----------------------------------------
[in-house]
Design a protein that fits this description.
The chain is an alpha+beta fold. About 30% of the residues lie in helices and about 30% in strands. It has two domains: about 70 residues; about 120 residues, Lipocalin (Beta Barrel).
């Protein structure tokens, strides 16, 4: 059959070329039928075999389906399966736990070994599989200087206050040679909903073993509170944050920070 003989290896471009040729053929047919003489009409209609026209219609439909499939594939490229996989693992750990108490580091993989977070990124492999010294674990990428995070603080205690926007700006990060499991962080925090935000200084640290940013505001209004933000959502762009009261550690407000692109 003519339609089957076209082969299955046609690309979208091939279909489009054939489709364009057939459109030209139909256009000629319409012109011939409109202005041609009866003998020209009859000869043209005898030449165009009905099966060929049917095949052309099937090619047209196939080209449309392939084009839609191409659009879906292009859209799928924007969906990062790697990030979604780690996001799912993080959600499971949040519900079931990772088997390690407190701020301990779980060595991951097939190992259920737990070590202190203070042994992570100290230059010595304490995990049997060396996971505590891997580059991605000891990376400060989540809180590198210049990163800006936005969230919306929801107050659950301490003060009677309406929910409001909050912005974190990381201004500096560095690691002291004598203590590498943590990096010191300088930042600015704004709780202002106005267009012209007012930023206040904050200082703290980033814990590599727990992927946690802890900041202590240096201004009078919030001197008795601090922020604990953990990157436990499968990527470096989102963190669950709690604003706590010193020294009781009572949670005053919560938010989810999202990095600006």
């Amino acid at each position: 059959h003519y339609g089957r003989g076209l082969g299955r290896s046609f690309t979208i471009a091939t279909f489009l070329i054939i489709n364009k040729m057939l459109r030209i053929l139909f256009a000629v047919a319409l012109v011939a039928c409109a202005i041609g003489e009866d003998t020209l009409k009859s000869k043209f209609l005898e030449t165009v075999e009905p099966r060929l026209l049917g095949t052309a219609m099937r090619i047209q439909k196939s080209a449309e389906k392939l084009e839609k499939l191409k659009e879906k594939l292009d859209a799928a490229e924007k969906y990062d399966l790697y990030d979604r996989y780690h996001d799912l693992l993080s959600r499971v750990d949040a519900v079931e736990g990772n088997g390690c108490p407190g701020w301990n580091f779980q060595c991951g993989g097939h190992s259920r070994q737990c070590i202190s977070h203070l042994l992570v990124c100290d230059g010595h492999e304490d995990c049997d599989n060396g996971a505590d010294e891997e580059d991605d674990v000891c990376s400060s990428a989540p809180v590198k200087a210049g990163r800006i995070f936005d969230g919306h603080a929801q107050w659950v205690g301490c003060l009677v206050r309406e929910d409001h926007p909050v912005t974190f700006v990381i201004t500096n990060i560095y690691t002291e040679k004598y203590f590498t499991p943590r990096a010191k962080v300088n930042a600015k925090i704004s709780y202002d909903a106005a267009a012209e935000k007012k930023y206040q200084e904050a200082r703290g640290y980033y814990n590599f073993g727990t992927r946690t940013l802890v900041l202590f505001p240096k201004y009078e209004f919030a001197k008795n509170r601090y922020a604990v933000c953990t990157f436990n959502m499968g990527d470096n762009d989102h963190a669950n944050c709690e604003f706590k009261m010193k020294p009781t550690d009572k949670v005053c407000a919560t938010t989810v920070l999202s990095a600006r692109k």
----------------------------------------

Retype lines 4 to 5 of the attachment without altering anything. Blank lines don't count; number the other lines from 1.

């Protein structure tokens, strides 16, 4: 059959070329039928075999389906399966736990070994599989200087206050040679909903073993509170944050920070 003989290896471009040729053929047919003489009409209609026209219609439909499939594939490229996989693992750990108490580091993989977070990124492999010294674990990428995070603080205690926007700006990060499991962080925090935000200084640290940013505001209004933000959502762009009261550690407000692109 003519339609089957076209082969299955046609690309979208091939279909489009054939489709364009057939459109030209139909256009000629319409012109011939409109202005041609009866003998020209009859000869043209005898030449165009009905099966060929049917095949052309099937090619047209196939080209449309392939084009839609191409659009879906292009859209799928924007969906990062790697990030979604780690996001799912993080959600499971949040519900079931990772088997390690407190701020301990779980060595991951097939190992259920737990070590202190203070042994992570100290230059010595304490995990049997060396996971505590891997580059991605000891990376400060989540809180590198210049990163800006936005969230919306929801107050659950301490003060009677309406929910409001909050912005974190990381201004500096560095690691002291004598203590590498943590990096010191300088930042600015704004709780202002106005267009012209007012930023206040904050200082703290980033814990590599727990992927946690802890900041202590240096201004009078919030001197008795601090922020604990953990990157436990499968990527470096989102963190669950709690604003706590010193020294009781009572949670005053919560938010989810999202990095600006």
């Amino acid at each position: 059959h003519y339609g089957r003989g076209l082969g299955r290896s046609f690309t979208i471009a091939t279909f489009l070329i054939i489709n364009k040729m057939l459109r030209i053929l139909f256009a000629v047919a319409l012109v011939a039928c409109a202005i041609g003489e009866d003998t020209l009409k009859s000869k043209f209609l005898e030449t165009v075999e009905p099966r060929l026209l049917g095949t052309a219609m099937r090619i047209q439909k196939s080209a449309e389906k392939l084009e839609k499939l191409k659009e879906k594939l292009d859209a799928a490229e924007k969906y990062d399966l790697y990030d979604r996989y780690h996001d799912l693992l993080s959600r499971v750990d949040a519900v079931e736990g990772n088997g390690c108490p407190g701020w301990n580091f779980q060595c991951g993989g097939h190992s259920r070994q737990c070590i202190s977070h203070l042994l992570v990124c100290d230059g010595h492999e304490d995990c049997d599989n060396g996971a505590d010294e891997e580059d991605d674990v000891c990376s400060s990428a989540p809180v590198k200087a210049g990163r800006i995070f936005d969230g919306h603080a929801q107050w659950v205690g301490c003060l009677v206050r309406e929910d409001h926007p909050v912005t974190f700006v990381i201004t500096n990060i560095y690691t002291e040679k004598y203590f590498t499991p943590r990096a010191k962080v300088n930042a600015k925090i704004s709780y202002d909903a106005a267009a012209e935000k007012k930023y206040q200084e904050a200082r703290g640290y980033y814990n590599f073993g727990t992927r946690t940013l802890v900041l202590f505001p240096k201004y009078e209004f919030a001197k008795n509170r601090y922020a604990v933000c953990t990157f436990n959502m499968g990527d470096n762009d989102h963190a669950n944050c709690e604003f706590k009261m010193k020294p009781t550690d009572k949670v005053c407000a919560t938010t989810v920070l999202s990095a600006r692109k």